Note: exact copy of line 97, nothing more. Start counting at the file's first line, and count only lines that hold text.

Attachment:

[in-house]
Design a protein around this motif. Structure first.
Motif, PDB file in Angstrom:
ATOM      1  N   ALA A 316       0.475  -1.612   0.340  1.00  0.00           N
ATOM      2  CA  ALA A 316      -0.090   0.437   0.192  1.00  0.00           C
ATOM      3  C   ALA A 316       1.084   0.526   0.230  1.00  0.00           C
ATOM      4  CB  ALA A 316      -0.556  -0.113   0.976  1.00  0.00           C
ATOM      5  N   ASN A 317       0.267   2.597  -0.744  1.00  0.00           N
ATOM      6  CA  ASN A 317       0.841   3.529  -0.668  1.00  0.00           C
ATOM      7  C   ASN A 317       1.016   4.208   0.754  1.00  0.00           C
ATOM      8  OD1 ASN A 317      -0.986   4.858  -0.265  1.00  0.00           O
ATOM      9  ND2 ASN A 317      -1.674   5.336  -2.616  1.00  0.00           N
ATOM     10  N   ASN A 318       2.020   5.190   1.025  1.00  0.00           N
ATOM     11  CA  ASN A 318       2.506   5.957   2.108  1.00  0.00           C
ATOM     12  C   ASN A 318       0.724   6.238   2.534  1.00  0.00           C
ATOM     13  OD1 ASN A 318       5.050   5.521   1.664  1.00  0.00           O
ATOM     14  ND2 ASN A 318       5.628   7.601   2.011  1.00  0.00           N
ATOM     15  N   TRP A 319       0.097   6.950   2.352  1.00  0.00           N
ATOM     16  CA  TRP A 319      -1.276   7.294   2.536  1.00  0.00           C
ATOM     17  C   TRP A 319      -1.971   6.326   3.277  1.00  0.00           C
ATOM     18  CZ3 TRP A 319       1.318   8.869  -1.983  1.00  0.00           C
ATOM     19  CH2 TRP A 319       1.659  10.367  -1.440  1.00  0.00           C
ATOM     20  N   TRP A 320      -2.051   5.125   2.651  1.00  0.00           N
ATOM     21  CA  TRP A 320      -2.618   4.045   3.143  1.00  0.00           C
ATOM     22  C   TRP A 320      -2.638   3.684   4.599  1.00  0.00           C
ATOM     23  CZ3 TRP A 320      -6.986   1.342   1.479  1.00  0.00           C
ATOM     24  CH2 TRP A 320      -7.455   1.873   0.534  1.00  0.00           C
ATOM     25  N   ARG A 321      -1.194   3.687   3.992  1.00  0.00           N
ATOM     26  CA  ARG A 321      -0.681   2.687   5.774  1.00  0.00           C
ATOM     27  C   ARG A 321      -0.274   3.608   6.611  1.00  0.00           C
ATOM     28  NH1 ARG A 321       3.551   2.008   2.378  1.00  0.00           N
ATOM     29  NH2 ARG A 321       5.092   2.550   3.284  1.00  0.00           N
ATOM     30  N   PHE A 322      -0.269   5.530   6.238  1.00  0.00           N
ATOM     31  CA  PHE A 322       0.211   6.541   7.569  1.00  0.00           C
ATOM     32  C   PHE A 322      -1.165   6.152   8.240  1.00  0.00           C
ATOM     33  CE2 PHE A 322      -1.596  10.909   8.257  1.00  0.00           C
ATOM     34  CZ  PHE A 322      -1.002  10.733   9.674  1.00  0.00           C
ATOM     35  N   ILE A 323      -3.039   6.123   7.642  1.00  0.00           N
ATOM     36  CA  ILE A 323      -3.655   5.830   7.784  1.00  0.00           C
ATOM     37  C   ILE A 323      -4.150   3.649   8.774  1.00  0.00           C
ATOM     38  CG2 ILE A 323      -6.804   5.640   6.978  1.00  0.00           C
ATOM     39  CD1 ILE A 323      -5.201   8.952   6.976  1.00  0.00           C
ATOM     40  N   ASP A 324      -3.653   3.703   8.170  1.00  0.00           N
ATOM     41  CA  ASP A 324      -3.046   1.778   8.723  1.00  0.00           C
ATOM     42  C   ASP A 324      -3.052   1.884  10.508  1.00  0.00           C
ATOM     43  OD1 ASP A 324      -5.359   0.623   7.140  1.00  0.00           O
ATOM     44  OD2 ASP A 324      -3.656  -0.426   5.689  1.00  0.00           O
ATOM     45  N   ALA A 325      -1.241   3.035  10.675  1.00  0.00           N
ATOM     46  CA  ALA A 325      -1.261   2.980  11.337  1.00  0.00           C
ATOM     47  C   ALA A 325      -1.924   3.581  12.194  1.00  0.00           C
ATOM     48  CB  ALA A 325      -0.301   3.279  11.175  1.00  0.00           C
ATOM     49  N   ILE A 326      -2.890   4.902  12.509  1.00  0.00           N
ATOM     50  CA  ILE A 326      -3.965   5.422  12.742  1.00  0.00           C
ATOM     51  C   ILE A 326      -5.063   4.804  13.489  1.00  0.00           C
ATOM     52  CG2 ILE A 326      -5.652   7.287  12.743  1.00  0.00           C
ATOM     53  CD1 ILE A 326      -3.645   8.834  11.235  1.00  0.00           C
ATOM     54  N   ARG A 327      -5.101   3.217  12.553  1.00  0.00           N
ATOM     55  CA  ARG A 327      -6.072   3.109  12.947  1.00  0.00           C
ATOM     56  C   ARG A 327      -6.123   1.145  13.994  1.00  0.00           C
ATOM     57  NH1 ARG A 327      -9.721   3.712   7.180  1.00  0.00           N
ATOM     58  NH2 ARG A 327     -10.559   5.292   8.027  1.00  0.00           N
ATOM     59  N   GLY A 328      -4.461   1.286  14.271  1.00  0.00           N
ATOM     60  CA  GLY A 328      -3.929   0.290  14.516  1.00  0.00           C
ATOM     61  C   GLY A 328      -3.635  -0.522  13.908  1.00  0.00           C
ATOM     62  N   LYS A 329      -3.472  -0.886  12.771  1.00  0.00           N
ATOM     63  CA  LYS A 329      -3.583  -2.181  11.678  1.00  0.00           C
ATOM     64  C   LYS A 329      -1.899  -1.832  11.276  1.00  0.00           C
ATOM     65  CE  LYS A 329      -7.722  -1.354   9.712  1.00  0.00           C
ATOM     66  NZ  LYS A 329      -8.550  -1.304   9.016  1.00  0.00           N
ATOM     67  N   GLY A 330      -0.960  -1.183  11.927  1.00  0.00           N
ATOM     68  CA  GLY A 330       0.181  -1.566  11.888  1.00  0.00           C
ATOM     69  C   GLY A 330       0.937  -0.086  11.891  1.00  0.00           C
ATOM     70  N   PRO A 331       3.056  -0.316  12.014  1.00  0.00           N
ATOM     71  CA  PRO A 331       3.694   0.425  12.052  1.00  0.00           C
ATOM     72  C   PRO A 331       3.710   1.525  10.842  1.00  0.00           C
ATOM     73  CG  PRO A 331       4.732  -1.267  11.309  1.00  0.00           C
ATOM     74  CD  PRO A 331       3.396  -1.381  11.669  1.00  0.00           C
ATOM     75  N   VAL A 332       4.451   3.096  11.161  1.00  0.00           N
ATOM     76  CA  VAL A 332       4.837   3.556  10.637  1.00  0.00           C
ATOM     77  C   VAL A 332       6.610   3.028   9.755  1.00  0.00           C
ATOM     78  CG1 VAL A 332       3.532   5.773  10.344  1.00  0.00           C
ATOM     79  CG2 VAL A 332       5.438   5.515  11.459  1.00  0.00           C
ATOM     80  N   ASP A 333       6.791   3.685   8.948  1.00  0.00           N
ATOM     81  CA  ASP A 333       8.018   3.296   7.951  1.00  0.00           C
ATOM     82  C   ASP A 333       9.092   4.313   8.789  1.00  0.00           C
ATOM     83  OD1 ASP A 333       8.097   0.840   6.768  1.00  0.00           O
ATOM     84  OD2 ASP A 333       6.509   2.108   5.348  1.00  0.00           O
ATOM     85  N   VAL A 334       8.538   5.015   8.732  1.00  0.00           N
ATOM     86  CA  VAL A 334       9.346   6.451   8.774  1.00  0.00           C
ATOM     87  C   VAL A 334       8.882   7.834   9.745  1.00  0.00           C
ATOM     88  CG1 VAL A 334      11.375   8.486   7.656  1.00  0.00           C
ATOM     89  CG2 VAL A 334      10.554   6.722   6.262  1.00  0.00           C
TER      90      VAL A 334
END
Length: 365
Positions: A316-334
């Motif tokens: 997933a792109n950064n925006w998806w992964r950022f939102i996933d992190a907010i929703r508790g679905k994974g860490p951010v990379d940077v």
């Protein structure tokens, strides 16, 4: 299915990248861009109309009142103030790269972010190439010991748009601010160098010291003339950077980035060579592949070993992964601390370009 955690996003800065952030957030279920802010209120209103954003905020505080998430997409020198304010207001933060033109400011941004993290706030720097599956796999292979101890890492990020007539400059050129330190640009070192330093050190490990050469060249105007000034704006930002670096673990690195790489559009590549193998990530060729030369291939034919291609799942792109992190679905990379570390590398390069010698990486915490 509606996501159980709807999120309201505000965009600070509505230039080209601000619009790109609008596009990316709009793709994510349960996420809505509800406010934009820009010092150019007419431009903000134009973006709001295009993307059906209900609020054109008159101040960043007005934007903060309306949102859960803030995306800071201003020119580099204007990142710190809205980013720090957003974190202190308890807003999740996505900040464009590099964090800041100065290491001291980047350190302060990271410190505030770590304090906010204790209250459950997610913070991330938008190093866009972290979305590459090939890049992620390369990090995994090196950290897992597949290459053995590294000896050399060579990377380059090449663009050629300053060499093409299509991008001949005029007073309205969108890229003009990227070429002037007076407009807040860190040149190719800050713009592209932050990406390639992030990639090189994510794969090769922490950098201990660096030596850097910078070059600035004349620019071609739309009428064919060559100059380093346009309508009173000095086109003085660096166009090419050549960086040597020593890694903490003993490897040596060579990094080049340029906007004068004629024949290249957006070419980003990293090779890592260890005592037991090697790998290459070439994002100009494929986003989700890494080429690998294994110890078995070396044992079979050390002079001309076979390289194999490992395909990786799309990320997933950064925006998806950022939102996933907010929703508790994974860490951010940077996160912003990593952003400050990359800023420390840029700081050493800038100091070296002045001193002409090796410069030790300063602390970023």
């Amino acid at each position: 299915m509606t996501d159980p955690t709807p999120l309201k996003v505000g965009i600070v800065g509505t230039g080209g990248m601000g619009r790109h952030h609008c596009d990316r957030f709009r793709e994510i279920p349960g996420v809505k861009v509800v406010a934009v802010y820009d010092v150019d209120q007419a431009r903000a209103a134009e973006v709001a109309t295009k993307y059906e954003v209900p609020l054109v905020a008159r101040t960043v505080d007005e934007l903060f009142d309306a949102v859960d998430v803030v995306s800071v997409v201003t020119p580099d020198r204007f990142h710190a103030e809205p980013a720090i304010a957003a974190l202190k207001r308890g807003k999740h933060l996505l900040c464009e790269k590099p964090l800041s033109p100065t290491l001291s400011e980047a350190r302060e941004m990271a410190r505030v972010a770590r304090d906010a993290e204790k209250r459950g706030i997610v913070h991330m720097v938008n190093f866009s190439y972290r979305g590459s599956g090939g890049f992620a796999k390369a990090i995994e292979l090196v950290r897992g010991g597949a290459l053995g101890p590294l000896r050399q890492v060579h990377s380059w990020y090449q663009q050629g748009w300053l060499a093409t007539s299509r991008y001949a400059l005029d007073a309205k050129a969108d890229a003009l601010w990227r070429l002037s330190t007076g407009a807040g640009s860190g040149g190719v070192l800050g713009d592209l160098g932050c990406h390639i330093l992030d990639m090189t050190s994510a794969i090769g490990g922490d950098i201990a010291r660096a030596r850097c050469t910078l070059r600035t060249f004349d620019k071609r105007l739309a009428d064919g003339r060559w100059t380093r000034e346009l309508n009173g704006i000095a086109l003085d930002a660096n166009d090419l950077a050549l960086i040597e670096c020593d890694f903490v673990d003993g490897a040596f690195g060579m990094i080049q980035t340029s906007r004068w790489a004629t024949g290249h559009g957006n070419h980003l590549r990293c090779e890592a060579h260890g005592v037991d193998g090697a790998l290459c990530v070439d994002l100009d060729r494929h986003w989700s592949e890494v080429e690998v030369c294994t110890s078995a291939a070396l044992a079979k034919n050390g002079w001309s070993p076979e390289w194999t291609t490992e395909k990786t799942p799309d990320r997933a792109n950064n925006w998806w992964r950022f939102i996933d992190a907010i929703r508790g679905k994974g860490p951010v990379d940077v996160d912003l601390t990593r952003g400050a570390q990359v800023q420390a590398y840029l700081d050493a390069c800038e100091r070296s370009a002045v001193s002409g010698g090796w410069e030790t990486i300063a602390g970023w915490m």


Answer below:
């Motif tokens: 997933a792109n950064n925006w998806w992964r950022f939102i996933d992190a907010i929703r508790g679905k994974g860490p951010v990379d940077v």